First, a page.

Recent Cases


Recent Matters of Particular Interest

As always, we are regularly working on an array of claims of all sizes arising out of insurance firm, financial services firm and brokerage firm misconduct. Such claims are routinely based on consumer protection laws, securities laws, misrepresentations, and unsuitable/inappropriate recommendations, excessive trading, and unauthorized trading, among other violations. At any given point in time, however, we may see particular types of matters that predominate. In the recent past, we saw the following types of matters:

Alternative Investments Cases

Alternative investments include a wide variety of investments that fall outside of traditional stock and bond categories. In theory, anything that is not a traditional equity investment – common stock and preferred stock – or a traditional bond – coupon and zero-coupon debt – qualifies as an alternative investment. Thus, the category of alternative investments includes structured products, reverse convertibles, hedge funds, private quality investments, high-yield (junk) bonds, non-traded REITs, exchange traded funds, and many others.

Alternative investments are generally quite complex and present wide-ranging risk and regulatory issues, including suitability and disclosure issues, limited liquidity, lack of transparency, opaque and often expensive fee structures, lack of secondary market activity, and difficulty in pricing. These characteristics make it difficult for both brokers and investors to fully understand and appreciate the dangers and risks associated with alternative investments. In turn, this makes it difficult, if not impossible, for a broker to provide full and balanced disclosure regarding the alternative investment and its risks.

In addition, most alternative investments pay high commissions to the brokerage firm that sells them and high fees to the firm that structures them (often the same firm). Accordingly, brokerage firms have major incentives to sell these investments.

Page Perry professionals are regularly involved in representing clients who purchased alternative investments and have assisted investors in recovering hundreds of millions of dollars lost in alternative investments in the past.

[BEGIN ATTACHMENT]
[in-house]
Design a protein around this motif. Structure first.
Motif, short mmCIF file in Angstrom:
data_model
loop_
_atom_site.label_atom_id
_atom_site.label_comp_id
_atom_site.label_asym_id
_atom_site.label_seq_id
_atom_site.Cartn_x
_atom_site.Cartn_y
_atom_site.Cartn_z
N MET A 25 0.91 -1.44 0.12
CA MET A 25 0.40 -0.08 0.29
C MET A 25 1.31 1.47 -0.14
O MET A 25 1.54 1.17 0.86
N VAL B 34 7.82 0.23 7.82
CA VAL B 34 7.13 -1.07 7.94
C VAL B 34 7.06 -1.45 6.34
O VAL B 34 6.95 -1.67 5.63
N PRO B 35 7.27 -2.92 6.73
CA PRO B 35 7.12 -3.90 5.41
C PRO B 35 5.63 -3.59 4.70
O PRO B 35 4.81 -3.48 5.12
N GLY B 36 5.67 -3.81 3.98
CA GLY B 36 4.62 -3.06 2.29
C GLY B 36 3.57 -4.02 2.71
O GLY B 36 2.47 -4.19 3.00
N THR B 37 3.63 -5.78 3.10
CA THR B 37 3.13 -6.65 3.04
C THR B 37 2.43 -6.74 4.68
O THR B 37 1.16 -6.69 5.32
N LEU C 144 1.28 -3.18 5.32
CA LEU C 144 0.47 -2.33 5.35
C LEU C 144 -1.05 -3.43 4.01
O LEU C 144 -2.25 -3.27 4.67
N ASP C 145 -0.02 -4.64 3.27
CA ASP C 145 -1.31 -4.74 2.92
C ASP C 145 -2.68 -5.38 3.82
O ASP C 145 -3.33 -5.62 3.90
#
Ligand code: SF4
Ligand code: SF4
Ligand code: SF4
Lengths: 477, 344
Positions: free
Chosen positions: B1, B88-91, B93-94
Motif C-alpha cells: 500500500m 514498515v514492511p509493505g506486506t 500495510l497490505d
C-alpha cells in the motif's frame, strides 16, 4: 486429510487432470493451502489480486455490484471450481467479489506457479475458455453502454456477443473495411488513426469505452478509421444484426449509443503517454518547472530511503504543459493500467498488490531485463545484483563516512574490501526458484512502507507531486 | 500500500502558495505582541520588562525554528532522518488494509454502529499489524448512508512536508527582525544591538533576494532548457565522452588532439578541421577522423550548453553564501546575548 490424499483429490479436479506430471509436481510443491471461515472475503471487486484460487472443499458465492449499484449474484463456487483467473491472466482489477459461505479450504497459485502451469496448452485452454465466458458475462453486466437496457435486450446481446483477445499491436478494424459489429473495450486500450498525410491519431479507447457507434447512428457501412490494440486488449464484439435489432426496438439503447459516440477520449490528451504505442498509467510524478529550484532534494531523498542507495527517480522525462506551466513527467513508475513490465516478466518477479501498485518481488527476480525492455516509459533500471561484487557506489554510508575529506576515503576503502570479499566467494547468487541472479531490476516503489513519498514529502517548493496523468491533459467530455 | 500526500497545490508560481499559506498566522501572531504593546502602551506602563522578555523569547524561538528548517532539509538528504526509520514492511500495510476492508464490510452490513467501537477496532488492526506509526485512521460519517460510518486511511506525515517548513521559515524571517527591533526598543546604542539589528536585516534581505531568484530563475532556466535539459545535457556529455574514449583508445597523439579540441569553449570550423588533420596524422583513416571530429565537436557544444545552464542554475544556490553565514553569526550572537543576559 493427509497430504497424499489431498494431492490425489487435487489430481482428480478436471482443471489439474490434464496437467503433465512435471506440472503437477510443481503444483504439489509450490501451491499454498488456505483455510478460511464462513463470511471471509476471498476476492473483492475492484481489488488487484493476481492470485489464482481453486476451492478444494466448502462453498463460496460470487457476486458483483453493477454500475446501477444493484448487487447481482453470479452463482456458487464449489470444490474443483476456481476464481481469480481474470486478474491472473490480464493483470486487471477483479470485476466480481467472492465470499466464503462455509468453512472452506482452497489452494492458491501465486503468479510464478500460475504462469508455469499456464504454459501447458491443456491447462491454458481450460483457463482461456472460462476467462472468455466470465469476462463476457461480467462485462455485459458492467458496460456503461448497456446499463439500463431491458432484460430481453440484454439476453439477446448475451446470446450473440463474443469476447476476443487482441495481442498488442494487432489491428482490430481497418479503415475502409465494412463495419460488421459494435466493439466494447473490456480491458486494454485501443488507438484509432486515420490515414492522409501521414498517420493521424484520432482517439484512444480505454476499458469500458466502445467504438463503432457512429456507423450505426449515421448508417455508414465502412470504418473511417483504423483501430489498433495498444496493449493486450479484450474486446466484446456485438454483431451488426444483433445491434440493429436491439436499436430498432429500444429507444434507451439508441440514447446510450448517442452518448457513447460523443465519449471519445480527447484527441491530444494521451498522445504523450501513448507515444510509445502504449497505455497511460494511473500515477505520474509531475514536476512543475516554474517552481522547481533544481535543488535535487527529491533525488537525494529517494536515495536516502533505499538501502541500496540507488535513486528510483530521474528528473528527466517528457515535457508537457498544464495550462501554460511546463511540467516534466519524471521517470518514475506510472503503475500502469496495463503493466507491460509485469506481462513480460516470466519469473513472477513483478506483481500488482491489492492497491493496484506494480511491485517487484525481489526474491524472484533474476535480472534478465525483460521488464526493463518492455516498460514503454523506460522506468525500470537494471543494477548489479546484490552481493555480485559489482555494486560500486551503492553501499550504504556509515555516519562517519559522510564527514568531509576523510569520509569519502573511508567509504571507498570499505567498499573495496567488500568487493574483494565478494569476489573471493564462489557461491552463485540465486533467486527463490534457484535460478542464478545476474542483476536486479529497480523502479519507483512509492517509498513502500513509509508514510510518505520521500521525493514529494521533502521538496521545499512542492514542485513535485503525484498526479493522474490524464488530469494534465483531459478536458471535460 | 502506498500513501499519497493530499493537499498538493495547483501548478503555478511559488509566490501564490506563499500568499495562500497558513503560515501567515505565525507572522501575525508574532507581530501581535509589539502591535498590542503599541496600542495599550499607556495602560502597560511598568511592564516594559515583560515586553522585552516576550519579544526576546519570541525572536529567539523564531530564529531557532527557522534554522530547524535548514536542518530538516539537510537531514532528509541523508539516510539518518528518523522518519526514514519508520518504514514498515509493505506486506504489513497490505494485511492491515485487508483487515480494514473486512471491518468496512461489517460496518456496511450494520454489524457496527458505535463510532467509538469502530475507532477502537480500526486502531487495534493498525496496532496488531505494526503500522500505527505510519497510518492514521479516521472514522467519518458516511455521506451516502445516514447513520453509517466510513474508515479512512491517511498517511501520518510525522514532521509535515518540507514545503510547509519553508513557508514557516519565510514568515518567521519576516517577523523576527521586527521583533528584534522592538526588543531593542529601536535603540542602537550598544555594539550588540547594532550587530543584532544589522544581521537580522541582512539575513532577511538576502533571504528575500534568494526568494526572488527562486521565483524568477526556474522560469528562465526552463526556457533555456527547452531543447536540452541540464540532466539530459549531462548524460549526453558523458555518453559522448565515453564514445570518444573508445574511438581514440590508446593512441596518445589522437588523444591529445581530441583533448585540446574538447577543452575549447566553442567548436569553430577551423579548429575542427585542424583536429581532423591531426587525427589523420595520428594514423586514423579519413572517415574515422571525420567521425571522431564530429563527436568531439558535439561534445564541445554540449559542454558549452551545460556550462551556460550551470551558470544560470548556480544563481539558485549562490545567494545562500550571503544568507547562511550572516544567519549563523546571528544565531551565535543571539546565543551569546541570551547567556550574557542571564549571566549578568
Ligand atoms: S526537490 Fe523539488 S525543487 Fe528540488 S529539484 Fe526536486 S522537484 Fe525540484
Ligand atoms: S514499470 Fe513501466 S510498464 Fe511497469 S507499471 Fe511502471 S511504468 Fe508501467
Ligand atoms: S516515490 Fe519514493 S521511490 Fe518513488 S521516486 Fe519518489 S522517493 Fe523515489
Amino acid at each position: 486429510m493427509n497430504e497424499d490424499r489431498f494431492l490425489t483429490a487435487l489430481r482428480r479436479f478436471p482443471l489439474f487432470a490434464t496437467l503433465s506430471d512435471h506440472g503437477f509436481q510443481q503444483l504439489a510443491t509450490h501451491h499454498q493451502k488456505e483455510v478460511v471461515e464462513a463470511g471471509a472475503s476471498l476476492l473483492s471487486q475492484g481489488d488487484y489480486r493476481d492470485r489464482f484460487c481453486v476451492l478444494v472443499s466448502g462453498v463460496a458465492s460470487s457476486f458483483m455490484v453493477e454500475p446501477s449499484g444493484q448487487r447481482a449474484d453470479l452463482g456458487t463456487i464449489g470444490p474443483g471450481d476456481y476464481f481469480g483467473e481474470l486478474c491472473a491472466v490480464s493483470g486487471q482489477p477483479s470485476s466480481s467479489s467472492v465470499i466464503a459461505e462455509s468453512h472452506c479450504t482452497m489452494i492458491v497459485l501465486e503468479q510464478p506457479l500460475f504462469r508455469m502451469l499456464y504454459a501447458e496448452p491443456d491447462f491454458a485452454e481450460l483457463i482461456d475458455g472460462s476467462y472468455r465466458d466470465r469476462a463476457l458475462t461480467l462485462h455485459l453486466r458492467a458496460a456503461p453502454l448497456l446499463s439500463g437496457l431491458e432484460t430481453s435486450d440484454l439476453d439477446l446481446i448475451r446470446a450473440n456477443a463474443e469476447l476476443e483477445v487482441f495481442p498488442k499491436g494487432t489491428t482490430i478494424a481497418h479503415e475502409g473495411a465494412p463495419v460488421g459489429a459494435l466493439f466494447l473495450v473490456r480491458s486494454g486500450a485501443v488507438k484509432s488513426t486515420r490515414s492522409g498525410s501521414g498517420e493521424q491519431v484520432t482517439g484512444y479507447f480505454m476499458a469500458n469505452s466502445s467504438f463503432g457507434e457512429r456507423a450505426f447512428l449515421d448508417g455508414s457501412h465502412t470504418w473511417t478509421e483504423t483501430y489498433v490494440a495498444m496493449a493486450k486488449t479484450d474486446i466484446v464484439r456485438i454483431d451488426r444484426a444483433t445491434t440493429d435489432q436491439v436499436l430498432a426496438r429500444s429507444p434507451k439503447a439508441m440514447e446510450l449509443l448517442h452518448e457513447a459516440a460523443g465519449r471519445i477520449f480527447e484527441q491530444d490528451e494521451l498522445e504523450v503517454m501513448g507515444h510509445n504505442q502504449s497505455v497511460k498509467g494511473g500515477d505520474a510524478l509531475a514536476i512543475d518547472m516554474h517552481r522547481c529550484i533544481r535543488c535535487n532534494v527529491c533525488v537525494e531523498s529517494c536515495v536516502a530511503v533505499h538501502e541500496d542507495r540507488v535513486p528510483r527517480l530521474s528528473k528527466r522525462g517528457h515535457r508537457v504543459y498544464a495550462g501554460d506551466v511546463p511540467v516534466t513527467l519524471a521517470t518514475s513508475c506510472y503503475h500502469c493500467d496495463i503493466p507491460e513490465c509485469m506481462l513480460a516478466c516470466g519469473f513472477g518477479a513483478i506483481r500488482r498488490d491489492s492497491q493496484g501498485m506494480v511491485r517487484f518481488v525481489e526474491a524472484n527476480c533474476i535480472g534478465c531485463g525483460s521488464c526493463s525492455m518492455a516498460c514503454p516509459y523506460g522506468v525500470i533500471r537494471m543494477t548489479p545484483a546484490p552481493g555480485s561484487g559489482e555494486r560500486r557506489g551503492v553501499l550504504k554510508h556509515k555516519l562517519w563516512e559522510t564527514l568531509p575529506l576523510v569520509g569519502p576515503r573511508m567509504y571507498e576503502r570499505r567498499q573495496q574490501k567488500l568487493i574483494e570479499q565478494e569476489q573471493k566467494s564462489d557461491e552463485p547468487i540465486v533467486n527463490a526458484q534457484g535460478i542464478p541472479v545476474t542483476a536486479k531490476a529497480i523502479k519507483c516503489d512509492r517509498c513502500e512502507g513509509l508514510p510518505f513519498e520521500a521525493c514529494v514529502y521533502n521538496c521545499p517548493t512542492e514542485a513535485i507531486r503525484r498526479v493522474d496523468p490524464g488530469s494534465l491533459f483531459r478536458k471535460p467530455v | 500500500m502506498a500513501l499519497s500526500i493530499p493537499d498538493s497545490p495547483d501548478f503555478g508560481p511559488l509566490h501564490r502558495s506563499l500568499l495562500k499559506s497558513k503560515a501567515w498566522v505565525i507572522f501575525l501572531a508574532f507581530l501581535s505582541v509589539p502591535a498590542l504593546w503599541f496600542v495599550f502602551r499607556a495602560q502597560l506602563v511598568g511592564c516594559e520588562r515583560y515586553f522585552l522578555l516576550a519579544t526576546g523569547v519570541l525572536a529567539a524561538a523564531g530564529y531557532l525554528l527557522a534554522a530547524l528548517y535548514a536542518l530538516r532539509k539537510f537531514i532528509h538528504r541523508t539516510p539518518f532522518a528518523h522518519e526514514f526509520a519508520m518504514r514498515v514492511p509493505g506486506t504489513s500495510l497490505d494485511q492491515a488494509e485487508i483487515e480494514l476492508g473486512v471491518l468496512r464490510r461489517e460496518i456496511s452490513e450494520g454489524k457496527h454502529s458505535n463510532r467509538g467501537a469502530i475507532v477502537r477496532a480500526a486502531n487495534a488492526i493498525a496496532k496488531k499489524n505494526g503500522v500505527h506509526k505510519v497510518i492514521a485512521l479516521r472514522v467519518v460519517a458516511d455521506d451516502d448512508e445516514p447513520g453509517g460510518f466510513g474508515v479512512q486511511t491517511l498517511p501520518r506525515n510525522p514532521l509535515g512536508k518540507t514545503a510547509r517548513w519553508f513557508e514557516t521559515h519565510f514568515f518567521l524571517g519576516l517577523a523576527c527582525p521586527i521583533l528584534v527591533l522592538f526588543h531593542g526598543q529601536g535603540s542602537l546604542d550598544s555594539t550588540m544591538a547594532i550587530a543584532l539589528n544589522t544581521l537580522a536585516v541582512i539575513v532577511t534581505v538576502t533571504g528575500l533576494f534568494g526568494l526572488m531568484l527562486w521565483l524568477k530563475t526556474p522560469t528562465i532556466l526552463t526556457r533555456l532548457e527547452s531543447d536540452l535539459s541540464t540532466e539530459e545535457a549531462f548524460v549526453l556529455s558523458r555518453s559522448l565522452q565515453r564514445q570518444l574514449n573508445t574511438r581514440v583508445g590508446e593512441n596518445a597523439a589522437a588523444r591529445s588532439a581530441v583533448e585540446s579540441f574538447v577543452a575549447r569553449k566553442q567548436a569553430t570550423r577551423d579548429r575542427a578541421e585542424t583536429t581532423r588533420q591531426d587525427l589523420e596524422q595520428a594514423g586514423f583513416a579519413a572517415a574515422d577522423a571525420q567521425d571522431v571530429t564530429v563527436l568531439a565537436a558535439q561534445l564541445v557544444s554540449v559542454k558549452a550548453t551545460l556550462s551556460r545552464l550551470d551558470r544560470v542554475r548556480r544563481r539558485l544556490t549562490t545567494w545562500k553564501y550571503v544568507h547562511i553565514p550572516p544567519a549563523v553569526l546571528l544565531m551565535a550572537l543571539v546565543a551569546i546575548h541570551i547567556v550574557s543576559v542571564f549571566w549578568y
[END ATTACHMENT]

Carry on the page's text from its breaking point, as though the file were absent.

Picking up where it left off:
Hedge Fund Cases

Page Perry regularly represents investors who have lost substantial amounts of money investing in hedge funds. “Hedge Fund” is a term that has been used to describe and promote a variety of investment pools. A common characteristic of these various types of hedge funds is that they operate without registration or supervision by the State or Federal securities regulators or any SRO. Given the shroud of secrecy surrounding most hedge funds, the adequacy of full disclosure is often a significant problem. Secrecy has also presented the opportunity to unscrupulous hedge fund managers to mislead and defraud investors.

Structured Products Cases

Page Perry has recently represented clients who bought structured products. These products are complex, option-driven financial products that purport to pay higher yields. They are often marketed as offering safety but in reality are nothing more than the unsecured debt of the issuer. They are generally overpriced and illiquid. Most clients do not understand these complex products and, in many cases, neither do the brokers who sold the products.

Reverse Convertibles Cases

Page Perry recently represented¬†clients who have purchased structured products called Reverse Convertibles. Known by many names (e.g. Yield Optimization Notes), they are often sold to investors as safe income-producing investments. They are not. Reverse convertibles are, in reality, complex option combinations that put investors’ principal at risk. The high-yield, short-term note that investors think they are buying is linked to the performance of a “reference asset” such that, if the reference asset declines in value, the investor receives the depressed asset at maturity instead of a return of principal in cash. That is why FINRA has warned that these products are not suitable for investors with accounts not approved for options trading. These structured products are so opaque and complex that no ordinary investment advisor can properly evaluate them and disclose the risks to investors.

Exchange Traded Funds (ETFs) Cases

These funds have become enormously popular, but are plagued by a number of risks that have not been adequately disclosed, and are, therefore, not well understood by most investors. Exchange traded funds, like closed end mutual funds, can trade at a premium or a discount to their net asset value. While it is widely believed that the market prices of exchange traded funds vary only slightly from the underlying net asset value, this is only true of the most heavily traded and liquid exchange traded funds, such as the S&P 500 Index SPDR. Other more thinly traded and less liquid funds may trade at significant premiums or discounts to net asset value. Many ETFs are based on small market indices or niches and can be quite volatile. While many investors have invested in ETFs, a Charles Schwab survey concluded that the majority don’t understand the product.

Private Investment/Reg D Offerings Cases